Foreseeability and predictability in risk assessments

Foreseeability and predictability in risk assessments

Jan 6th, 2021

The discussion of terms such as Foreseeability and predictability in risk assessments is rather common. Like usual, at Riskope we like to have an extremely clear glossary, in order to avoid blunders due to miscommunication.

Foreseeability and predictability in risk assessments

Foreseeability and predictability in risk assessments

Foreseeability is the facility to perceive, know in advance, or reasonably anticipate that damage or injury will probably ensue from acts or omissions. A foreseeable event or situation is one that can be known about or guessed before it happens. We apply it to consequences: can we foresee the damage generated by a (predicted) hazard hit based on present or future mitigation and policies/actions?

Predictability is the state of knowing what something is like, when something will happen, etc. We apply it to hazards: can we predict the magnitude and the frequency of a hazard?

A scenario that has low predictability and low foreseeability can easily land in the blind spot quadrant or in the unknown one. Indeed one can decide to declare that scenario as unknown, while “the public sees it”. In that case one is creating a blind spot. Alternatively, if one considers that the public also does not know, then the scenario would land in the unknown quadrant. 

Of course, the role of a good risk approach is to reduce uncertainties.  By doing so the two quadrants reduce to the advantage of the arena and façade ones.

Usual and usual extreme hazards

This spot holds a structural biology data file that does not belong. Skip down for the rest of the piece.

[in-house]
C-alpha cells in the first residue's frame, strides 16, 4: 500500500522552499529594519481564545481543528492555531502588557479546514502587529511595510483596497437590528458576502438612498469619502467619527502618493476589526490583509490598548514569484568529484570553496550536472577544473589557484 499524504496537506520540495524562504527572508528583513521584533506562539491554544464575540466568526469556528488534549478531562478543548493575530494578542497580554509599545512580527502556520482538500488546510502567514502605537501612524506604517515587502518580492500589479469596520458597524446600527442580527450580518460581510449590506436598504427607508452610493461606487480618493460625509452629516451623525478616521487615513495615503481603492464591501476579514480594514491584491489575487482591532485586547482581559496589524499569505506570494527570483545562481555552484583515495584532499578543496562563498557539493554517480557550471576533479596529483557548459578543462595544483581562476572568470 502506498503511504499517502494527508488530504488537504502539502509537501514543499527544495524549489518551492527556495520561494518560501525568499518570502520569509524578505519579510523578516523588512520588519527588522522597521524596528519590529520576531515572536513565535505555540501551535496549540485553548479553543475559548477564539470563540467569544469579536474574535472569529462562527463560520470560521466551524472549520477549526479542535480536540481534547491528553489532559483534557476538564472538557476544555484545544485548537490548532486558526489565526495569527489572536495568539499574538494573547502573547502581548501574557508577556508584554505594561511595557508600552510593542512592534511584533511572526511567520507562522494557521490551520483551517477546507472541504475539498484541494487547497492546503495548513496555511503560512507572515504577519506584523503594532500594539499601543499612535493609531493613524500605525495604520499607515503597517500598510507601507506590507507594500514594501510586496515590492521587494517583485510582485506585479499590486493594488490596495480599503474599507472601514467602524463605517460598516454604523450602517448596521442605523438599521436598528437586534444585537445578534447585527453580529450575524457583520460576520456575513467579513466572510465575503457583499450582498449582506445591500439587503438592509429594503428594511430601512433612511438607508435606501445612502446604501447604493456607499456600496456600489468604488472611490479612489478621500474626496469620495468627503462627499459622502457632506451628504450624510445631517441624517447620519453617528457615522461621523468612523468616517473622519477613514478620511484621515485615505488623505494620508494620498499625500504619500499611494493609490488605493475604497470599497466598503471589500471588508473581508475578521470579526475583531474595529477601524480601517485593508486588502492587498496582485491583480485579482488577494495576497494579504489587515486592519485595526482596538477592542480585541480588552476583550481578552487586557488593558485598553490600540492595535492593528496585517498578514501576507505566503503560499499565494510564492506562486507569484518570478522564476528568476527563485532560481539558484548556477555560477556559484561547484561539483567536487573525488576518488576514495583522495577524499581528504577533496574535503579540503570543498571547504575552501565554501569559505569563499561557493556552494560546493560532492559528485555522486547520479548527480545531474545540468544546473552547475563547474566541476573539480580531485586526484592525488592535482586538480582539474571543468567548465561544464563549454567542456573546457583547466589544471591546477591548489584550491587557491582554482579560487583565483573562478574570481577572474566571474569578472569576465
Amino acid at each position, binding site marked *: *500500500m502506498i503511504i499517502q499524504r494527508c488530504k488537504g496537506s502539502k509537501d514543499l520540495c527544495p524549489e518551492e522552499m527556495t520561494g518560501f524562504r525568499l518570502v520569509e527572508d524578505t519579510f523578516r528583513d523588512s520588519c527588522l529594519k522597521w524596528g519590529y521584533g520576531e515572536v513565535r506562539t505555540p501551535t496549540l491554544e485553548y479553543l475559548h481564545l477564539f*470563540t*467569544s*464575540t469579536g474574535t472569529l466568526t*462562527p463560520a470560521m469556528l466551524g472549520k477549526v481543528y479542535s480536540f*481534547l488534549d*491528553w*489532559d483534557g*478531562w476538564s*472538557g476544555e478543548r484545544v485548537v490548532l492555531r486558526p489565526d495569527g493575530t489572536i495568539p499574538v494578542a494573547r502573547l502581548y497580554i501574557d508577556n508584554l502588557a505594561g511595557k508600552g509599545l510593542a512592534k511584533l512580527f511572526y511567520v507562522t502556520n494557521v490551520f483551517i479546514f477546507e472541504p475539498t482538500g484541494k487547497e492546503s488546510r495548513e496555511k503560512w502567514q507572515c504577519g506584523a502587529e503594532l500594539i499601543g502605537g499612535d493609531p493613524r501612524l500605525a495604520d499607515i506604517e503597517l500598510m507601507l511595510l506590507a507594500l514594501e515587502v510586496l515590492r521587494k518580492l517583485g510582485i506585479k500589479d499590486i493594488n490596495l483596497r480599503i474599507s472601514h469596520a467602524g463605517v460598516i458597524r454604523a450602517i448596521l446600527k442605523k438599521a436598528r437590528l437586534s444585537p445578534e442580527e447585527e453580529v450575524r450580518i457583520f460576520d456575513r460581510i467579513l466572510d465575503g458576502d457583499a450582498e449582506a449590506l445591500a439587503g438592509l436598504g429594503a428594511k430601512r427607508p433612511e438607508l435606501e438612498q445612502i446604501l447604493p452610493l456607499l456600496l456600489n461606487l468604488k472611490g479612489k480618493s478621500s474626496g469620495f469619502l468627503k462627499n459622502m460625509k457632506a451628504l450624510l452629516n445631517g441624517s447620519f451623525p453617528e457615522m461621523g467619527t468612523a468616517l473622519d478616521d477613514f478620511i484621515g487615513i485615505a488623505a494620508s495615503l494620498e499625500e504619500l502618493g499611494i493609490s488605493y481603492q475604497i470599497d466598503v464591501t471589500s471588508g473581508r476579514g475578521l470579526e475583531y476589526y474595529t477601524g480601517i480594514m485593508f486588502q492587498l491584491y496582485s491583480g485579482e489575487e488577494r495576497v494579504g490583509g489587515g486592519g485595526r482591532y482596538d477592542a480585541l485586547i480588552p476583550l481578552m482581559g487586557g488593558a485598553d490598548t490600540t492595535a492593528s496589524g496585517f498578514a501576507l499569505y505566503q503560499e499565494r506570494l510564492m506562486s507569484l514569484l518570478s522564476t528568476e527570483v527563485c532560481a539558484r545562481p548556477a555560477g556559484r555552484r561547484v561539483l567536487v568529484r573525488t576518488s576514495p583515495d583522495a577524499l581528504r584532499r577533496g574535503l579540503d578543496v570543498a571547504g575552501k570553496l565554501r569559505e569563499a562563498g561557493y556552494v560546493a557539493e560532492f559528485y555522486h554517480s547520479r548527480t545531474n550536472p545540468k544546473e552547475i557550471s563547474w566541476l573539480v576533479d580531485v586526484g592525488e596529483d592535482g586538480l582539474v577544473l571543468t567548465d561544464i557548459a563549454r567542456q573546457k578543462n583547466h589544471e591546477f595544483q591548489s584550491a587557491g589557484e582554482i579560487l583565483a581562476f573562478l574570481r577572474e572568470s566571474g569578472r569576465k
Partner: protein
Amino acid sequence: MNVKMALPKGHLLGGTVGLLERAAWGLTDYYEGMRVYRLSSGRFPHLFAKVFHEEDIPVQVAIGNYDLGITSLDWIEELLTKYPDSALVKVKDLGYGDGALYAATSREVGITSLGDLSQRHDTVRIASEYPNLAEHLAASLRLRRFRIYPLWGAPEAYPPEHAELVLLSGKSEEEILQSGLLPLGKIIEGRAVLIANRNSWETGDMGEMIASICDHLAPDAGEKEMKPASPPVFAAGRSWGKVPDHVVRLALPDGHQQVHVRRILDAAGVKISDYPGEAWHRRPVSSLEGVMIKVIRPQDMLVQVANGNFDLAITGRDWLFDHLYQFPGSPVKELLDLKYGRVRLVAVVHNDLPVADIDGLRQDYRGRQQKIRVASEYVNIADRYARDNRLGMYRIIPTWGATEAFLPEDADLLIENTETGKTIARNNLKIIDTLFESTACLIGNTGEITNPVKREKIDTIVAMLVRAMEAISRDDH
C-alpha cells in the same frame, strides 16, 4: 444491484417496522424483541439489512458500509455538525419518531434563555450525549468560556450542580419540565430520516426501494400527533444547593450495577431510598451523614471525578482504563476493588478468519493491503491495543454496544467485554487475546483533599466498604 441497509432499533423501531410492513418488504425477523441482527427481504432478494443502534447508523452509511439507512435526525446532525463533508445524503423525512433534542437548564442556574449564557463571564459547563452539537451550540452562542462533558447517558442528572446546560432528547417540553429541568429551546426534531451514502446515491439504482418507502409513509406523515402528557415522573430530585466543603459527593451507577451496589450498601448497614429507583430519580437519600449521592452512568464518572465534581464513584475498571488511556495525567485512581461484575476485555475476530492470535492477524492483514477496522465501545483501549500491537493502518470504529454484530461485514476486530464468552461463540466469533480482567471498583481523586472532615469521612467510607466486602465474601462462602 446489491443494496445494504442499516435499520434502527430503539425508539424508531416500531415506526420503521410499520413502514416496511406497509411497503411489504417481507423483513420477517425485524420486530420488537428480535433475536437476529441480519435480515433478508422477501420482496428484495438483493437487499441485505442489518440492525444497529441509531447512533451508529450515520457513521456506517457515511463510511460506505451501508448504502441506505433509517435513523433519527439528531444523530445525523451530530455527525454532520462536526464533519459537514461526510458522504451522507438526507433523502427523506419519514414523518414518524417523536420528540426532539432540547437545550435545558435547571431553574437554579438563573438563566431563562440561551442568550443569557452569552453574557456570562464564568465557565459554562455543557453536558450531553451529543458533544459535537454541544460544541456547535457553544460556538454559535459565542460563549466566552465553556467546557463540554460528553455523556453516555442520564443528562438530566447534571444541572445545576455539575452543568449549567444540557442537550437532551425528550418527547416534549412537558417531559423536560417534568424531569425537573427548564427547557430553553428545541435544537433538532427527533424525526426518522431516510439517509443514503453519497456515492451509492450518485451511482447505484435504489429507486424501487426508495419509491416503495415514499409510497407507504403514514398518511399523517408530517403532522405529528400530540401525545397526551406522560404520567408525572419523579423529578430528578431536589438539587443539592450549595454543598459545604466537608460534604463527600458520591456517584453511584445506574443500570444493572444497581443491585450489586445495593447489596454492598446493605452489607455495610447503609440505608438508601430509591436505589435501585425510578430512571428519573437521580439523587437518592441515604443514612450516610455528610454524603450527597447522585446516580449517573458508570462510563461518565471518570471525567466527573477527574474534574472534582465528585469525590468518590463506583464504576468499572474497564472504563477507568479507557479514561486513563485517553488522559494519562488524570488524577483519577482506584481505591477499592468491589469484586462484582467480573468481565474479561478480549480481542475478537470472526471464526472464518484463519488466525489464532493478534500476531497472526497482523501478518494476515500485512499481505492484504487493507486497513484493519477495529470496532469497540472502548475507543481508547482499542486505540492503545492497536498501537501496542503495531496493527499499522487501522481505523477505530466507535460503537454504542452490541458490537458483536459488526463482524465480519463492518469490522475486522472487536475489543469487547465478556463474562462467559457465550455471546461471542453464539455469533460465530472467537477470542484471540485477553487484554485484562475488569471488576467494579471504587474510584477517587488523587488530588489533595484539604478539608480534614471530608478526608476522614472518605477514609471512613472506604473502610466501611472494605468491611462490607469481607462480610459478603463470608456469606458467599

“Usual” hazards, including their “usual extremes”, are predictable and foreseeable. They have a relative narrow margin of uncertainty, provided interdependencies and systemic amplification are properly considered.

Divergent hazards are unpredictable insofar their frequency (at a given magnitude level) “explodes”, e.g. three hundred years rain events in one year. Their foreseeability may also reduce due to various internal or external reasons. Because “wounded systems” are less robust and consequences may get amplified. Think about massive fires leading then to erosion, slopes failures, etc., in case of rain.

In a blogpost we will soon publish, we will of course discuss “business as usual” from a risk assessment, tactical and strategic planning point of view.

Closing remarks on foreseeability and predictability in risk assessments

In our days and age it is paramount to clarify our technical glossary. The discussion of terms such as Foreseeability and predictability in risk assessments is very important. That is to ensure transparent and unequivocal communications to all stakeholders in projects and operations.

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Category: Consequences, Hazard, Probabilities, Risk analysis

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